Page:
Challenger Deep #3 (Boom! Studios – Cosby / Schmidt / Chee)
Take a deep breath. Hold it. Now, imagine you’re on a -I didn’t say breathe!- on a sunken submarine at the bottom of the ocean, teetering on enough methane ice to blow the world in half if you make Ihe slightest wrong move. Your only prayer of survival lies with the only diver on Earth who’s ever gone this deep. Of course, that was the time he lost his wife and half his crew, but he’s older now. Comforted? No? Thank writers Andrew Cosby, creator of the hit Sci-Fi Channel show Eureka, and Andy Schmidt!
Challenger Deep has stepped up the intensity and the quality of this book quite a bit within the first three issues. I believe this series is finally starting to reach what it is capable of. In short form, what it is giving us the “submarine pressure-cooker” movie in a comic form. And at first it looked like it was going to be a tough package to deliver. But now, after setting the stage in the first two issues, Cosby and Schmidt are able to get down to work and make us willingly sweat it out with the cast and crew.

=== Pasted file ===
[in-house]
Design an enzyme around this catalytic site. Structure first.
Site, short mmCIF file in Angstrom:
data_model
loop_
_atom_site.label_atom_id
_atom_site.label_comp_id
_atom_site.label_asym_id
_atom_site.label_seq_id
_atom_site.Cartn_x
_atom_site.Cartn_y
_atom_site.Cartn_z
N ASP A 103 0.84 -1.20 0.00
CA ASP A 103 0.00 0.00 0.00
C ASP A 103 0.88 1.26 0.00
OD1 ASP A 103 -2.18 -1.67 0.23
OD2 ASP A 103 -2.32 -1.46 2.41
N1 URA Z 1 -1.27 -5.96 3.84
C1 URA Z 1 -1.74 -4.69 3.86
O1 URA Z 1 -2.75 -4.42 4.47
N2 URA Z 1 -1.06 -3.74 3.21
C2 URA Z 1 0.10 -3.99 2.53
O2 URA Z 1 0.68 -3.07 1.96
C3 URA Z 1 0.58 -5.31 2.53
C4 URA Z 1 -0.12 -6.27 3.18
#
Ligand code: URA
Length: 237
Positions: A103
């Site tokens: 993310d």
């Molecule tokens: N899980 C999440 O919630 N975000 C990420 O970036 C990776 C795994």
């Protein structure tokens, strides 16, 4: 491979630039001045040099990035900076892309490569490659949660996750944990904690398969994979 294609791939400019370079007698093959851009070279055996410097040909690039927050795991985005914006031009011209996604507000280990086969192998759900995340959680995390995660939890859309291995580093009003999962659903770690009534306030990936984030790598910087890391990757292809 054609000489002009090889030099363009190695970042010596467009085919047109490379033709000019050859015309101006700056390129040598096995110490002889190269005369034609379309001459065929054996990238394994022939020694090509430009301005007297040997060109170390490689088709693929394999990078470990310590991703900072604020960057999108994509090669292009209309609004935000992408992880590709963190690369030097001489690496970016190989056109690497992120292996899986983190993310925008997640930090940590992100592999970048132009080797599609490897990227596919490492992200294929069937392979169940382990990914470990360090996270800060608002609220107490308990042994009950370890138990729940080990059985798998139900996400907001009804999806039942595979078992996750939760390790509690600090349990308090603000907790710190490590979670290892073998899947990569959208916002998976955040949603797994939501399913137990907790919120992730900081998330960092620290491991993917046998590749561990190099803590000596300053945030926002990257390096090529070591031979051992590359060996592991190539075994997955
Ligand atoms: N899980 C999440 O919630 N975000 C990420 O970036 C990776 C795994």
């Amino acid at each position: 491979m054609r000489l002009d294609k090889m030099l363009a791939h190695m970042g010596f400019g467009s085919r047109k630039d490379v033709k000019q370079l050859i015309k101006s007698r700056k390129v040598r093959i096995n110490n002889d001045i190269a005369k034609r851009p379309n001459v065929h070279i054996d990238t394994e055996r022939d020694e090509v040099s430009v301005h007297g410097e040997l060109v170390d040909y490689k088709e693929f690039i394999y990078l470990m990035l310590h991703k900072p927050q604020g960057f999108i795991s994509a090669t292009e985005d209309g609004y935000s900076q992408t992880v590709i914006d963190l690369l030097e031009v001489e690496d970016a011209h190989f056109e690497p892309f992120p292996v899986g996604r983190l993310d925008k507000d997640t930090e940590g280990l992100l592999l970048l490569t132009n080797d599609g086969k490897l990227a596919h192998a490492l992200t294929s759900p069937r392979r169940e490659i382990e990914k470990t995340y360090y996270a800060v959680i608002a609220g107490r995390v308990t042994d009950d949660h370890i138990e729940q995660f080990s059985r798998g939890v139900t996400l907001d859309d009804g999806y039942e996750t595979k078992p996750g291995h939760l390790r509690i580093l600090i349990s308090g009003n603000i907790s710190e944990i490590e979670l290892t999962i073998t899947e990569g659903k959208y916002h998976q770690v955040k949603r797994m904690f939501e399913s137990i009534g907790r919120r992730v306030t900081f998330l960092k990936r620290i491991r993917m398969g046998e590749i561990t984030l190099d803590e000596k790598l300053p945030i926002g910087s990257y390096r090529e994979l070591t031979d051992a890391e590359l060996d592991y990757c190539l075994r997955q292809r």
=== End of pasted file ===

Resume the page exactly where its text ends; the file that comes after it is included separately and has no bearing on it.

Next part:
Between the mental distress of those in charge, a mutiny in the works, failing technology (classic plot device) and trying to make sure the world doesn’t blow-up, there is quite a bit of potential stress packed between these pages. It has naturally taken a few issues for Andrew Cosby (huge Eureka fan here) and Andy Schmidt to lay down a framework for the characters to work within and now they are finally able to show their ability to keep the reader glued to the pages. From the first frame, Challenger will have you hooked… nineteen minutes to detonation, darkness and panic are the predominant themes and the crew is barely keeping it together… even if you had no previous knowledge of the story nor interest, you are in for the ride. In the same way I can’t stop watching The Abyss when it’s on or compelled to reading whole chunks of The Hunt for Red October, the authors have gotten down the emotional thread that will connect you to Challenger Deep.
I am still struggling with the art of this book. There were pages that really nailed it and you get the sense of desolation in the trench, the emotion of loss of hope and the fear and quiet of the deep dark… and there are other pages that look rough, especially some of the group shots, and seem pretty close to fill-in art.
Overall, a fantastic book that seems to really be showing it’s potential.
Issue Grade: B+